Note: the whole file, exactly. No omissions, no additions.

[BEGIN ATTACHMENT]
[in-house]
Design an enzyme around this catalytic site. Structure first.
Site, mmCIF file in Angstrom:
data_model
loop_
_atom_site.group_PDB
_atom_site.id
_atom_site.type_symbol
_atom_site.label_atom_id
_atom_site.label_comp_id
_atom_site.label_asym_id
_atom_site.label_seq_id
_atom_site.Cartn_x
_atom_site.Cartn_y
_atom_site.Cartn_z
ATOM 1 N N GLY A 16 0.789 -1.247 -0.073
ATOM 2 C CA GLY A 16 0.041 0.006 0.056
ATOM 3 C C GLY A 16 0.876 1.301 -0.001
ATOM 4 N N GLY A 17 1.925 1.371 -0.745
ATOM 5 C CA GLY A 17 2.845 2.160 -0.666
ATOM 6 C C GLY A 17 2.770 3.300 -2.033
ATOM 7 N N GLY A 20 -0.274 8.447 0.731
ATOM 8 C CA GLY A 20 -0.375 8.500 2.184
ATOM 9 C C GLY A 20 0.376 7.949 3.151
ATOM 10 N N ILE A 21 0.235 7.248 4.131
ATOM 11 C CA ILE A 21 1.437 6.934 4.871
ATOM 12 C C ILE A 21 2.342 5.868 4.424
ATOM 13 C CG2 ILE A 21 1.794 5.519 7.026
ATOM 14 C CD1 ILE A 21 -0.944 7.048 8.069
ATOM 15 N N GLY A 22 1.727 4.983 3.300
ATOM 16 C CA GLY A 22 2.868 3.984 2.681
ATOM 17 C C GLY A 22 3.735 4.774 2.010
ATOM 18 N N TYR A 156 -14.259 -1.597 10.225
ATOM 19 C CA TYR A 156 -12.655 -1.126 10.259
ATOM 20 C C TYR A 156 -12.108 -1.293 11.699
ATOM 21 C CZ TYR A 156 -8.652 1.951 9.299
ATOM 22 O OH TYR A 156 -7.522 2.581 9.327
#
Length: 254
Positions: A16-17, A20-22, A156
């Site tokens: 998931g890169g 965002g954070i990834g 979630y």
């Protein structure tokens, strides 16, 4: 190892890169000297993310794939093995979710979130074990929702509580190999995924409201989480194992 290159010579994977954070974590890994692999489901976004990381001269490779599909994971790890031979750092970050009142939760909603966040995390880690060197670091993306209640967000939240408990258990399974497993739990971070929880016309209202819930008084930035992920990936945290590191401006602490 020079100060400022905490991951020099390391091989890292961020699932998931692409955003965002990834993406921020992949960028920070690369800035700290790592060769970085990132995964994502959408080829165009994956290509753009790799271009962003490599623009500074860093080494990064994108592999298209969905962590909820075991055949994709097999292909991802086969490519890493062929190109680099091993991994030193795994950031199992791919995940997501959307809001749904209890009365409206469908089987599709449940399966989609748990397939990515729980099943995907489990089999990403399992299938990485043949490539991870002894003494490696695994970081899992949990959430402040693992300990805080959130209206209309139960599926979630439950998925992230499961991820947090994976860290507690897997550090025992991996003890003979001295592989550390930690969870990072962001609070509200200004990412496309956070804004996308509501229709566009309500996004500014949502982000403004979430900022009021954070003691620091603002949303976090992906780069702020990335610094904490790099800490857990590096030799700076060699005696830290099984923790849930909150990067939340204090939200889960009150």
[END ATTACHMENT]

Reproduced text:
[in-house]
Design an enzyme around this catalytic site. Structure first.
Site, mmCIF file in Angstrom:
data_model
loop_
_atom_site.group_PDB
_atom_site.id
_atom_site.type_symbol
_atom_site.label_atom_id
_atom_site.label_comp_id
_atom_site.label_asym_id
_atom_site.label_seq_id
_atom_site.Cartn_x
_atom_site.Cartn_y
_atom_site.Cartn_z
ATOM 1 N N GLY A 16 0.789 -1.247 -0.073
ATOM 2 C CA GLY A 16 0.041 0.006 0.056
ATOM 3 C C GLY A 16 0.876 1.301 -0.001
ATOM 4 N N GLY A 17 1.925 1.371 -0.745
ATOM 5 C CA GLY A 17 2.845 2.160 -0.666
ATOM 6 C C GLY A 17 2.770 3.300 -2.033
ATOM 7 N N GLY A 20 -0.274 8.447 0.731
ATOM 8 C CA GLY A 20 -0.375 8.500 2.184
ATOM 9 C C GLY A 20 0.376 7.949 3.151
ATOM 10 N N ILE A 21 0.235 7.248 4.131
ATOM 11 C CA ILE A 21 1.437 6.934 4.871
ATOM 12 C C ILE A 21 2.342 5.868 4.424
ATOM 13 C CG2 ILE A 21 1.794 5.519 7.026
ATOM 14 C CD1 ILE A 21 -0.944 7.048 8.069
ATOM 15 N N GLY A 22 1.727 4.983 3.300
ATOM 16 C CA GLY A 22 2.868 3.984 2.681
ATOM 17 C C GLY A 22 3.735 4.774 2.010
ATOM 18 N N TYR A 156 -14.259 -1.597 10.225
ATOM 19 C CA TYR A 156 -12.655 -1.126 10.259
ATOM 20 C C TYR A 156 -12.108 -1.293 11.699
ATOM 21 C CZ TYR A 156 -8.652 1.951 9.299
ATOM 22 O OH TYR A 156 -7.522 2.581 9.327
#
Length: 254
Positions: A16-17, A20-22, A156
């Site tokens: 998931g890169g 965002g954070i990834g 979630y």
């Protein structure tokens, strides 16, 4: 190892890169000297993310794939093995979710979130074990929702509580190999995924409201989480194992 290159010579994977954070974590890994692999489901976004990381001269490779599909994971790890031979750092970050009142939760909603966040995390880690060197670091993306209640967000939240408990258990399974497993739990971070929880016309209202819930008084930035992920990936945290590191401006602490 020079100060400022905490991951020099390391091989890292961020699932998931692409955003965002990834993406921020992949960028920070690369800035700290790592060769970085990132995964994502959408080829165009994956290509753009790799271009962003490599623009500074860093080494990064994108592999298209969905962590909820075991055949994709097999292909991802086969490519890493062929190109680099091993991994030193795994950031199992791919995940997501959307809001749904209890009365409206469908089987599709449940399966989609748990397939990515729980099943995907489990089999990403399992299938990485043949490539991870002894003494490696695994970081899992949990959430402040693992300990805080959130209206209309139960599926979630439950998925992230499961991820947090994976860290507690897997550090025992991996003890003979001295592989550390930690969870990072962001609070509200200004990412496309956070804004996308509501229709566009309500996004500014949502982000403004979430900022009021954070003691620091603002949303976090992906780069702020990335610094904490790099800490857990590096030799700076060699005696830290099984923790849930909150990067939340204090939200889960009150």